Death, Dying, Grief and Mourning

            "Death is always the same,
                               but each man dies in his own way."

Carson McCullers, Clock Without Hands, 1960

   

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An Anthology by  Adrienne Nater

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Monique Truong, The Book of Salt, 2003

 

Death of Mother and Pigeon

Death of Mother and Bird:

Today I am watching a group of children playing on the stone steps leading up to where the cold has bolted me to this bench. I first notice them when a little girl with big eyes breaks from a circle of children and runs up the steps. She leaves the walkway and heads directly toward the trees. Once underneath, she begins to dig at the snow with her mittened hands. She dislodges a thin arm-length branch with one brown leaf still attached to it. She runs down the steps, and the ring of children splits open, their padded bodies forming the hemisphere in which the tragedy I had not anticipated would unfold.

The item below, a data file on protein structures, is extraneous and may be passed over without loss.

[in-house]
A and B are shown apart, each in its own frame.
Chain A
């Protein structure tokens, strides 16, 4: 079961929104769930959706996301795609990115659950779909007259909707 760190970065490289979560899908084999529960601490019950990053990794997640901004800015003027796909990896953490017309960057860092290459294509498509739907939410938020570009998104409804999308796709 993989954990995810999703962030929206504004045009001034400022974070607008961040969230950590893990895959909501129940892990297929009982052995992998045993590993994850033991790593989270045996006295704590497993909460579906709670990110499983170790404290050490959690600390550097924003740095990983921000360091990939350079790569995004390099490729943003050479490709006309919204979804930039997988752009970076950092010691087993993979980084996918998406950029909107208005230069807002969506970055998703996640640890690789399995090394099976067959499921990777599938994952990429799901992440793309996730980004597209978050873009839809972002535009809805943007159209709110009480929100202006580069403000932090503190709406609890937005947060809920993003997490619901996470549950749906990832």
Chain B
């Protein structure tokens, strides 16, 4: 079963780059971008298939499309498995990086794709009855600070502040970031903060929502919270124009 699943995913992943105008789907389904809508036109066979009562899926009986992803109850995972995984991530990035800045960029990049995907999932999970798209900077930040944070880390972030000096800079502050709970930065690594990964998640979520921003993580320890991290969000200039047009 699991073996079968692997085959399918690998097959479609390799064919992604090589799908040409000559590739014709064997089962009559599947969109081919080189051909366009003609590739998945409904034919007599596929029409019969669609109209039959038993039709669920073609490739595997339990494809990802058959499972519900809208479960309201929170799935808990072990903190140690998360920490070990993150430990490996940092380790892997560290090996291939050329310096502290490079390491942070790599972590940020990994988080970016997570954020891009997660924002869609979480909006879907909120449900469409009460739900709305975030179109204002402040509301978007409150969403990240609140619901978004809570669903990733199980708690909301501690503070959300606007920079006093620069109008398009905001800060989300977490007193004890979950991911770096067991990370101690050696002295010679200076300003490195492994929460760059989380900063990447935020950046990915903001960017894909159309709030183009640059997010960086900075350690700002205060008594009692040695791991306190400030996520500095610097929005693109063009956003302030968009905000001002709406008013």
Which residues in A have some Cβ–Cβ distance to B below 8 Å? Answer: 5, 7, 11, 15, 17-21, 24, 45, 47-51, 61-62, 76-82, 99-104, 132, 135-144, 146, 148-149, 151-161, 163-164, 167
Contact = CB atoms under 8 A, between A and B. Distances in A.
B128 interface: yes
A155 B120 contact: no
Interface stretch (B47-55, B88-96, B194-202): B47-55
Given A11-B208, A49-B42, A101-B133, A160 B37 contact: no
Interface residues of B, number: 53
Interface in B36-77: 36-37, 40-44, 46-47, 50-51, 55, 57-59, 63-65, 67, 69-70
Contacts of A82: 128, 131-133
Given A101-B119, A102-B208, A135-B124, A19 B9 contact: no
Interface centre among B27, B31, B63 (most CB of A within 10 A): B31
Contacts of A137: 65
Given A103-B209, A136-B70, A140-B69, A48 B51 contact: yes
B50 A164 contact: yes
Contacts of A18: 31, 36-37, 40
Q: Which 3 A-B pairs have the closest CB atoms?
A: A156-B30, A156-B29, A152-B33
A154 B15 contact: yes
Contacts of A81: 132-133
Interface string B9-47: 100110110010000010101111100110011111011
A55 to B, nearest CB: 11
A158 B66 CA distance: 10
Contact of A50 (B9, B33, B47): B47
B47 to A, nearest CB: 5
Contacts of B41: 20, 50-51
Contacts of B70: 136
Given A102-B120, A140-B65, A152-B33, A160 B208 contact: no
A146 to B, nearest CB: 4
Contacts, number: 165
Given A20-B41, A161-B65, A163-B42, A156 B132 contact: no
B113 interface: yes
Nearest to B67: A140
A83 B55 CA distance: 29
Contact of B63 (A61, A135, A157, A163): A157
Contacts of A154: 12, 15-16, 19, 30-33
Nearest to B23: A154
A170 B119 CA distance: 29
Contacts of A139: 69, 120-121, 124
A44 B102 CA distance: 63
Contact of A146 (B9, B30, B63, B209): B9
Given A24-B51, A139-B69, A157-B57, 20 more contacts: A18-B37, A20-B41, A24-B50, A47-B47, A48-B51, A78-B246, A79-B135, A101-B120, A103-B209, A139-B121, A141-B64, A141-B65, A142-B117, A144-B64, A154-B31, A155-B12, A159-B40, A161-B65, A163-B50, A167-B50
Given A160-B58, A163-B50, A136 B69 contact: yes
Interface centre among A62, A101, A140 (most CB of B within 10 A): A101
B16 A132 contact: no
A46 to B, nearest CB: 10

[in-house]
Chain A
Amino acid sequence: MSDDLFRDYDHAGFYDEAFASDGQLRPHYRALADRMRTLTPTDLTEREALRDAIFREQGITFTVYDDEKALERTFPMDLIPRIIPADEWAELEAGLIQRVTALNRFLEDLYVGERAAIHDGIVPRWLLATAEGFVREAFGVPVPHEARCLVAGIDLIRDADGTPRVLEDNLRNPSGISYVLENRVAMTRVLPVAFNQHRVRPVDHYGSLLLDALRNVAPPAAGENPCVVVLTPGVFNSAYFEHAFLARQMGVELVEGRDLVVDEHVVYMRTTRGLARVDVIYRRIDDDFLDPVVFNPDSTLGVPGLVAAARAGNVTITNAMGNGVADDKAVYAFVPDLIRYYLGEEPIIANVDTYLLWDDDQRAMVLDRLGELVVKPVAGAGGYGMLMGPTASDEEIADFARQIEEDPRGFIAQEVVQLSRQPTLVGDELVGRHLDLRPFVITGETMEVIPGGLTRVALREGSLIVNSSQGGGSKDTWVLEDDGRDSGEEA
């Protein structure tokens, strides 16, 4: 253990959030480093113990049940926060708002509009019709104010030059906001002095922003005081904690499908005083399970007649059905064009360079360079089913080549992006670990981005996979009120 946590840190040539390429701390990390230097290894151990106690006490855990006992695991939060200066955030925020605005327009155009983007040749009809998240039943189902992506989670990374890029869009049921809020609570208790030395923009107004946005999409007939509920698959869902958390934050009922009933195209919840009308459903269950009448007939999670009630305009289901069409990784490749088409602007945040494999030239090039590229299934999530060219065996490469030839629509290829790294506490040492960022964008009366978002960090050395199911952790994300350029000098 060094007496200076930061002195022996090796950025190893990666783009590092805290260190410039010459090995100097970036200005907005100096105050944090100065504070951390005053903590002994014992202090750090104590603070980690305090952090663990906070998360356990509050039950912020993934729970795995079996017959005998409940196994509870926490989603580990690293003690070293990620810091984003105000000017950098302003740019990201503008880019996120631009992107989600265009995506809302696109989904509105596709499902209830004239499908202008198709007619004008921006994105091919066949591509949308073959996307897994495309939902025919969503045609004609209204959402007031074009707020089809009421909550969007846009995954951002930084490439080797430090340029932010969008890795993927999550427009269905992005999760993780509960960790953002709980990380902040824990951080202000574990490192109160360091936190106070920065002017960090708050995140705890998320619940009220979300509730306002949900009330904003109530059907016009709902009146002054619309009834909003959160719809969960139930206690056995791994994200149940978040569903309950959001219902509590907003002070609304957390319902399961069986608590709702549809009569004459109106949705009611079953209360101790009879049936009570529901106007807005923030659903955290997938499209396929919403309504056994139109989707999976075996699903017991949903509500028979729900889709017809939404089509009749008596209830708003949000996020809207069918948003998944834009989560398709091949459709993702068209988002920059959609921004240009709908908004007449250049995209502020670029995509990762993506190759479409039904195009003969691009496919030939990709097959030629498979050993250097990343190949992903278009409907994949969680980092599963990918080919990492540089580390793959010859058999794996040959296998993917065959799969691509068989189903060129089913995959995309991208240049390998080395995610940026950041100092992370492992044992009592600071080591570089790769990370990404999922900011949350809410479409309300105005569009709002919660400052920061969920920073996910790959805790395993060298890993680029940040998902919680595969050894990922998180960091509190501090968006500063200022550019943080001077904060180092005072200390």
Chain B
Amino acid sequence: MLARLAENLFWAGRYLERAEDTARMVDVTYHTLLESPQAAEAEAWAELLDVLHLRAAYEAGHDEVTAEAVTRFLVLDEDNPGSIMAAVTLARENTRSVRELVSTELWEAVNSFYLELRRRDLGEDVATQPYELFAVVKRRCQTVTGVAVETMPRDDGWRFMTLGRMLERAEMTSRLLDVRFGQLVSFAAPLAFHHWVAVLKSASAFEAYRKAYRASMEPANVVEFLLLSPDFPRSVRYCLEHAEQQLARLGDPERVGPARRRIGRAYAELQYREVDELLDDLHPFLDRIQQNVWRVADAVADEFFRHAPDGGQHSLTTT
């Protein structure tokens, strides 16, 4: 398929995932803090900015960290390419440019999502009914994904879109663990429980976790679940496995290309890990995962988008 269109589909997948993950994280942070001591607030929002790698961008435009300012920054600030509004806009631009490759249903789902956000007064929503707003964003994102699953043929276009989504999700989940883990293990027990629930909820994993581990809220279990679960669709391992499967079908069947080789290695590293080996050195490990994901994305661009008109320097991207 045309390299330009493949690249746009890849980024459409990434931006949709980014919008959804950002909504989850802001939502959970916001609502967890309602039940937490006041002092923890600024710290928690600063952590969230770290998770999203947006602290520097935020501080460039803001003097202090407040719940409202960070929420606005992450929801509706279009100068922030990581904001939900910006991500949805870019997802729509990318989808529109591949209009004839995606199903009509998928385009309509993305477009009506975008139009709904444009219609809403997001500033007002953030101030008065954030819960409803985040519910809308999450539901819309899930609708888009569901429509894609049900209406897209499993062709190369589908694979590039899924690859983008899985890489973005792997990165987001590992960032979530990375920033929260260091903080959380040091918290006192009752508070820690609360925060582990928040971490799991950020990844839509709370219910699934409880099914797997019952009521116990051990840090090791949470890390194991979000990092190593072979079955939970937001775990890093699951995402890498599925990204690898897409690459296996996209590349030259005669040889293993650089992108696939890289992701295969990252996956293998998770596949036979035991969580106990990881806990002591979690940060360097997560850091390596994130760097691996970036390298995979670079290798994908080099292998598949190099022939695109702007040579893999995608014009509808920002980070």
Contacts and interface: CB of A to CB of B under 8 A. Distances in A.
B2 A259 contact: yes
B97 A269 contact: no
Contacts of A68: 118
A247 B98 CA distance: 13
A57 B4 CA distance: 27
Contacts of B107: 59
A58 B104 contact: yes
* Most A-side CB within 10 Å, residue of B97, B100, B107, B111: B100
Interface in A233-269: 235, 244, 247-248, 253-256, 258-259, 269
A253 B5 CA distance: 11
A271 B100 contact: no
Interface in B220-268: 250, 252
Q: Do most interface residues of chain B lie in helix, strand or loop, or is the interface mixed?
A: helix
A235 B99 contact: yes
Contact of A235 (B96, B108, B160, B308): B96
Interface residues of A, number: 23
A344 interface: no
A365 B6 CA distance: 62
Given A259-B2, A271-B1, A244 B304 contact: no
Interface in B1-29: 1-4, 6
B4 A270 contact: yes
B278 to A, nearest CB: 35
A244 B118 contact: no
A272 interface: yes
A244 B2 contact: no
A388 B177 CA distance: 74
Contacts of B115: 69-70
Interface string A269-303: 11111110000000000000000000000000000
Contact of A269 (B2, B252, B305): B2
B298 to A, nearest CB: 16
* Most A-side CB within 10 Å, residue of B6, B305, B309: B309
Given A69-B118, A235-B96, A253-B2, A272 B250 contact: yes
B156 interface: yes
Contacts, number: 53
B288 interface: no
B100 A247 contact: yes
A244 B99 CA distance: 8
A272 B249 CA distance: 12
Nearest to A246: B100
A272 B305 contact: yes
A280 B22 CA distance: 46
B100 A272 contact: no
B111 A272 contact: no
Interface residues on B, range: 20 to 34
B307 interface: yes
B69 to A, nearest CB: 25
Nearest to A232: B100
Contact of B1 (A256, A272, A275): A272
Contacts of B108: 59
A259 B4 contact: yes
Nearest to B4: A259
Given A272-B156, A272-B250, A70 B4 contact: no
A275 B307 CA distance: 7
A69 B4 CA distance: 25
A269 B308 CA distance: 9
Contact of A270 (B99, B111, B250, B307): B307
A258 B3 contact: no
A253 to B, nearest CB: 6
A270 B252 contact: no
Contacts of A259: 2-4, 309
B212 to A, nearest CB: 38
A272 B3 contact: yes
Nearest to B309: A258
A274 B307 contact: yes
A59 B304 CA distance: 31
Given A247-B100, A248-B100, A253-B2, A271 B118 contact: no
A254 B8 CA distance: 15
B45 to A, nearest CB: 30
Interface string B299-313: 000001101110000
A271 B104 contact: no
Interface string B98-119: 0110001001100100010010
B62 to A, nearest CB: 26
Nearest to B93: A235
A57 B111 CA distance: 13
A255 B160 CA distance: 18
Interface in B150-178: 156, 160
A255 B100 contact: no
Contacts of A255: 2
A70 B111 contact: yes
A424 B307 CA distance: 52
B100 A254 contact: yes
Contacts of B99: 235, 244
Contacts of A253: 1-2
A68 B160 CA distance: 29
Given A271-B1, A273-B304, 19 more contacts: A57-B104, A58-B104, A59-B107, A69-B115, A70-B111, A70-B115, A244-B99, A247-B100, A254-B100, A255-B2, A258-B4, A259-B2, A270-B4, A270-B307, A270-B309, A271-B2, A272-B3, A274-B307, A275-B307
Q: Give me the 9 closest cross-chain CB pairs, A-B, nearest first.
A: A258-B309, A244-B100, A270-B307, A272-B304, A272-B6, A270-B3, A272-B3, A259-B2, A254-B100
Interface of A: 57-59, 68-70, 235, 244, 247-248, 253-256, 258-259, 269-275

The girl with the big eyes, now the only one obscuring my line of sight, breaks off the leaf and throws the branch to the side. She kneels down and begins to fan the leaf at something that I cannot see. My body leans forward, and my eyes focus on a sweep of gray, moving barely. A pigeon, an ordinary, city-gray pigeon, stumbles between the girl’s black boots and tries to spread its wings. The right one opens to its full span, a flourish of white. The left one collapses halfway, a crush of gray. The bird pitches forward and falls on this sloping left wing. It lies there while the children become excited. A boy is laughing and jutting his finger. The girl with the big eyes is still fanning but no longer kneeling. Children passing by are now stopping. Their nannies pull them away, scolding them for looking at something dying. The little audience fluctuates in size, but all who join keep a wide ring of stone between themselves and the bird. There must be space enough for such things, an instinct that they all possess, except the boy with the jutting finger and the girl with the big eyes. She continues to fan and is now on her knees again. Her face is down low, almost touching the pigeon’s head, a head that picks itself up and drops itself down, a visible jarring each time it hits the cold surface of stone. The boy with the jutting finger remembers the discarded branch and runs toward it. He brings it back and pokes the pigeon on the back of the neck. The girl stands back, deferring to something violent, deferring to something in herself. The bird responds by rolling itself back onto its feet. Head wobbling to a quiet song, it hops down one step and attempts again to spread its wings.